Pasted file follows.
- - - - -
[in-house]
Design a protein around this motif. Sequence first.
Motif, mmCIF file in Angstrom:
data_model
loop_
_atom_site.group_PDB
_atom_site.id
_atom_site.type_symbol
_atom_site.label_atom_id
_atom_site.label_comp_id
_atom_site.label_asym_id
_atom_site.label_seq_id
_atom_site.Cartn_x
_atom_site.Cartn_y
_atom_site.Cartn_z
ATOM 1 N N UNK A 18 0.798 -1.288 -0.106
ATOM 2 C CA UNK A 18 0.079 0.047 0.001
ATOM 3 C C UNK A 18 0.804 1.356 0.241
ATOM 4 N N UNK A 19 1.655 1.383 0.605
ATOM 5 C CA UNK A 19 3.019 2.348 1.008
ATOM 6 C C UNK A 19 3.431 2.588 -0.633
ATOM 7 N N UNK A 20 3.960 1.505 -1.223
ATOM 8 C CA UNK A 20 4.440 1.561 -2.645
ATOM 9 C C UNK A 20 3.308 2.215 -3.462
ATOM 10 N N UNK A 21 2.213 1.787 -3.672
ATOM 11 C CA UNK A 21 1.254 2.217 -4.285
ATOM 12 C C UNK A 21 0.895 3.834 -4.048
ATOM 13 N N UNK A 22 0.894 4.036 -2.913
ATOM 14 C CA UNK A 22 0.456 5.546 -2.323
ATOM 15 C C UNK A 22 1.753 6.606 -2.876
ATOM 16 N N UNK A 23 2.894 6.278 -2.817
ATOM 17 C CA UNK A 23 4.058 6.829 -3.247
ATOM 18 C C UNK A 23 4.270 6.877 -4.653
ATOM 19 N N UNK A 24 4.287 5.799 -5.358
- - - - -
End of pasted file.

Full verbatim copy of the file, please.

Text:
[in-house]
Design a protein around this motif. Sequence first.
Motif, mmCIF file in Angstrom:
data_model
loop_
_atom_site.group_PDB
_atom_site.id
_atom_site.type_symbol
_atom_site.label_atom_id
_atom_site.label_comp_id
_atom_site.label_asym_id
_atom_site.label_seq_id
_atom_site.Cartn_x
_atom_site.Cartn_y
_atom_site.Cartn_z
ATOM 1 N N UNK A 18 0.798 -1.288 -0.106
ATOM 2 C CA UNK A 18 0.079 0.047 0.001
ATOM 3 C C UNK A 18 0.804 1.356 0.241
ATOM 4 N N UNK A 19 1.655 1.383 0.605
ATOM 5 C CA UNK A 19 3.019 2.348 1.008
ATOM 6 C C UNK A 19 3.431 2.588 -0.633
ATOM 7 N N UNK A 20 3.960 1.505 -1.223
ATOM 8 C CA UNK A 20 4.440 1.561 -2.645
ATOM 9 C C UNK A 20 3.308 2.215 -3.462
ATOM 10 N N UNK A 21 2.213 1.787 -3.672
ATOM 11 C CA UNK A 21 1.254 2.217 -4.285
ATOM 12 C C UNK A 21 0.895 3.834 -4.048
ATOM 13 N N UNK A 22 0.894 4.036 -2.913
ATOM 14 C CA UNK A 22 0.456 5.546 -2.323
ATOM 15 C C UNK A 22 1.753 6.606 -2.876
ATOM 16 N N UNK A 23 2.894 6.278 -2.817
ATOM 17 C CA UNK A 23 4.058 6.829 -3.247
ATOM 18 C C UNK A 23 4.270 6.877 -4.653
ATOM 19 N N UNK A 24 4.287 5.799 -5.358